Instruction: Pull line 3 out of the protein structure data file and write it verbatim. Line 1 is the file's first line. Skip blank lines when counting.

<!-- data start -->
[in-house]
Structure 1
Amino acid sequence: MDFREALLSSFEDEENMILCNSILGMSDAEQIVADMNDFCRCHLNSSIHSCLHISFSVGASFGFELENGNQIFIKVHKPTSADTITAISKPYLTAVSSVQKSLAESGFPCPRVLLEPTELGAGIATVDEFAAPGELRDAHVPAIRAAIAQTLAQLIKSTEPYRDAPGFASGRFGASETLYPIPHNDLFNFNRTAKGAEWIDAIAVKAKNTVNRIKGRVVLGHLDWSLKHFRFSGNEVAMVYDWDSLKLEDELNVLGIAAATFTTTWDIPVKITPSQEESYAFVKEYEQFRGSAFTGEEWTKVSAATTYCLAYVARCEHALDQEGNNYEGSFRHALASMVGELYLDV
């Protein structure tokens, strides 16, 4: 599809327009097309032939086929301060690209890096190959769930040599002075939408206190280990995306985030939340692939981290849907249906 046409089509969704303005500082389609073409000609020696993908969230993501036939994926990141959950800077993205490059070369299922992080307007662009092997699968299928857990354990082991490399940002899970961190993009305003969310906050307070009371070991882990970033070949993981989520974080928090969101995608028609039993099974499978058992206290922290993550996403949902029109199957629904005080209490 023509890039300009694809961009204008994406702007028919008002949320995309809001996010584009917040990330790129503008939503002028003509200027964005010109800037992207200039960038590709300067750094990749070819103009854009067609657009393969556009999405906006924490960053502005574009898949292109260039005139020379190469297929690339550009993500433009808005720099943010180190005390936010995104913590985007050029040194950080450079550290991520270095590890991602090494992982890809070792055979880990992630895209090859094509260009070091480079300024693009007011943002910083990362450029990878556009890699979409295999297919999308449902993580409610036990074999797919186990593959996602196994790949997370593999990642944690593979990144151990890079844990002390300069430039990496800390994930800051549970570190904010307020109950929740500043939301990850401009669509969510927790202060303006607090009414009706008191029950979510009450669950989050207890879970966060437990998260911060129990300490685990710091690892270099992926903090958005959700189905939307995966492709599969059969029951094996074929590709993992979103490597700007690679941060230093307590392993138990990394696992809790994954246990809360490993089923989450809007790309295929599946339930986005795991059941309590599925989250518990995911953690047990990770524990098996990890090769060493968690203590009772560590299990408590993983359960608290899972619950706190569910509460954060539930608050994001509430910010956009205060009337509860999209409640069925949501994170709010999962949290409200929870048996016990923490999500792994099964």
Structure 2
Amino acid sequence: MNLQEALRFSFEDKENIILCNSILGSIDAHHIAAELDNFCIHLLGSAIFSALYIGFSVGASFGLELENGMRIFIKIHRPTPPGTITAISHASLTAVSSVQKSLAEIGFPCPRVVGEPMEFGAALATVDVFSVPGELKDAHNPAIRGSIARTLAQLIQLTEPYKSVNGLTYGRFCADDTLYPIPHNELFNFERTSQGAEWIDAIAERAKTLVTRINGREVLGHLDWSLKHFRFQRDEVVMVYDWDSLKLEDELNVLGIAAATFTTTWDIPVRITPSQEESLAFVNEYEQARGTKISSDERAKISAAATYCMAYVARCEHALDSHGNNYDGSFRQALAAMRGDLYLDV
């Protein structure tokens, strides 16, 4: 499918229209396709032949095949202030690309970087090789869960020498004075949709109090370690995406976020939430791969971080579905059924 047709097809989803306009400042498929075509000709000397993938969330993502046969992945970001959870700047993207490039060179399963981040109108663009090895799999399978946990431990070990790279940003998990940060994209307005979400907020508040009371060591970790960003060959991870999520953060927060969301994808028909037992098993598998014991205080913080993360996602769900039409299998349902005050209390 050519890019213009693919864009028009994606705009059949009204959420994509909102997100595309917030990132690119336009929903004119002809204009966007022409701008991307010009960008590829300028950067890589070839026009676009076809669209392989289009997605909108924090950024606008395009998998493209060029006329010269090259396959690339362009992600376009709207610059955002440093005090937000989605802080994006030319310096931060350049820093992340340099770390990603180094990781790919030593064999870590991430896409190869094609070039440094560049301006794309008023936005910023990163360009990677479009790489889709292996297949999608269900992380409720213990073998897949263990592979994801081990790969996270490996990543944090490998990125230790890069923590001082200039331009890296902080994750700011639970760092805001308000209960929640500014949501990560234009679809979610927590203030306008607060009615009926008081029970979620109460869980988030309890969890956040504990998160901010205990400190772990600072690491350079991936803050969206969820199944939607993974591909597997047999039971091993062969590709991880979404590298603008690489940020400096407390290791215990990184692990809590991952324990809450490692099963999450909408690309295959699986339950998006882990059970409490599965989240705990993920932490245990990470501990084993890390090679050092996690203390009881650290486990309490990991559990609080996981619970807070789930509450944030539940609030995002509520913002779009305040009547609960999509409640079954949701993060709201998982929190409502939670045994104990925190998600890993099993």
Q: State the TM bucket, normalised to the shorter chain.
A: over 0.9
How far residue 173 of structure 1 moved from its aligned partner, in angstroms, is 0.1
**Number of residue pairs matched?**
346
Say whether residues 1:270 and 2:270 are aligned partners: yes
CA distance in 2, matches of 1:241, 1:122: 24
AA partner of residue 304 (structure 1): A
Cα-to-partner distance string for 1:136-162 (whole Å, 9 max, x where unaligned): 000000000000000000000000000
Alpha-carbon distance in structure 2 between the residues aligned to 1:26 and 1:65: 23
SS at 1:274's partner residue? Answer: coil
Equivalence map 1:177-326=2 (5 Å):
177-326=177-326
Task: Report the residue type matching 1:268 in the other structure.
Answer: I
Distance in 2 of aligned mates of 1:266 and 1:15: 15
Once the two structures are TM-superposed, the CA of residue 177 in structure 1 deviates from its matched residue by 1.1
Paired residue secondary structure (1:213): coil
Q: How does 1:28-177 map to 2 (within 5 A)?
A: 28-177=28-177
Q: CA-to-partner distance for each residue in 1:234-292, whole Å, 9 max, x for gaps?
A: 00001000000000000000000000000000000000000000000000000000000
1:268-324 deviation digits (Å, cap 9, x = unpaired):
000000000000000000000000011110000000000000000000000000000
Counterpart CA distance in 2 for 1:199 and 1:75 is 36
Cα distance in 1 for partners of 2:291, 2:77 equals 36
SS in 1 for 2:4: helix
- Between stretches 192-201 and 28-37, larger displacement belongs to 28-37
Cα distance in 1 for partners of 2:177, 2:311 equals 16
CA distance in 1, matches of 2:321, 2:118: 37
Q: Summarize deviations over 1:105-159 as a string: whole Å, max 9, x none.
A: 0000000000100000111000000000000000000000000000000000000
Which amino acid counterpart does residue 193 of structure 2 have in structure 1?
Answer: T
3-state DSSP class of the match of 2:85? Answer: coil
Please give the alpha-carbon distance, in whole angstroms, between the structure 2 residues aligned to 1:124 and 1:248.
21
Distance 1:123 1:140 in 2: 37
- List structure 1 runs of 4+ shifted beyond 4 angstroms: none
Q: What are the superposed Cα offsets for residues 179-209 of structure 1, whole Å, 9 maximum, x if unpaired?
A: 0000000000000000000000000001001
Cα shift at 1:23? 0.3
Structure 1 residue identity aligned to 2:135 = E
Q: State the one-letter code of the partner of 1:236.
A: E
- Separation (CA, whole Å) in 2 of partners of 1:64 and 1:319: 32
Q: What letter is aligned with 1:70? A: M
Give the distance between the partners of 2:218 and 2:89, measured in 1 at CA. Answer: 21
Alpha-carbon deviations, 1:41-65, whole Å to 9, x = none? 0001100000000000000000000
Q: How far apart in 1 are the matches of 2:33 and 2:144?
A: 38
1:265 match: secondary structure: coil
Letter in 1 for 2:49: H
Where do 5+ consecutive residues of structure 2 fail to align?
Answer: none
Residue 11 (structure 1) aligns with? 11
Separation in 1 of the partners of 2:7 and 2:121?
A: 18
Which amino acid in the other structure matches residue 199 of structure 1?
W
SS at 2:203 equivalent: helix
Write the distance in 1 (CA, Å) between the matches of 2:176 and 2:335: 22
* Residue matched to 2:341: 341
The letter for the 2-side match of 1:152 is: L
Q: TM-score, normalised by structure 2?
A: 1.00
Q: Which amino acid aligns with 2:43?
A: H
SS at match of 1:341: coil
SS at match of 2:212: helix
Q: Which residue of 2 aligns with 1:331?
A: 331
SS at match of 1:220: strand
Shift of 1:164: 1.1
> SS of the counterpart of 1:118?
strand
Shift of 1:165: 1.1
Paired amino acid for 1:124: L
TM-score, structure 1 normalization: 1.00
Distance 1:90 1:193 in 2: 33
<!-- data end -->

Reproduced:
Amino acid sequence: MDFREALLSSFEDEENMILCNSILGMSDAEQIVADMNDFCRCHLNSSIHSCLHISFSVGASFGFELENGNQIFIKVHKPTSADTITAISKPYLTAVSSVQKSLAESGFPCPRVLLEPTELGAGIATVDEFAAPGELRDAHVPAIRAAIAQTLAQLIKSTEPYRDAPGFASGRFGASETLYPIPHNDLFNFNRTAKGAEWIDAIAVKAKNTVNRIKGRVVLGHLDWSLKHFRFSGNEVAMVYDWDSLKLEDELNVLGIAAATFTTTWDIPVKITPSQEESYAFVKEYEQFRGSAFTGEEWTKVSAATTYCLAYVARCEHALDQEGNNYEGSFRHALASMVGELYLDV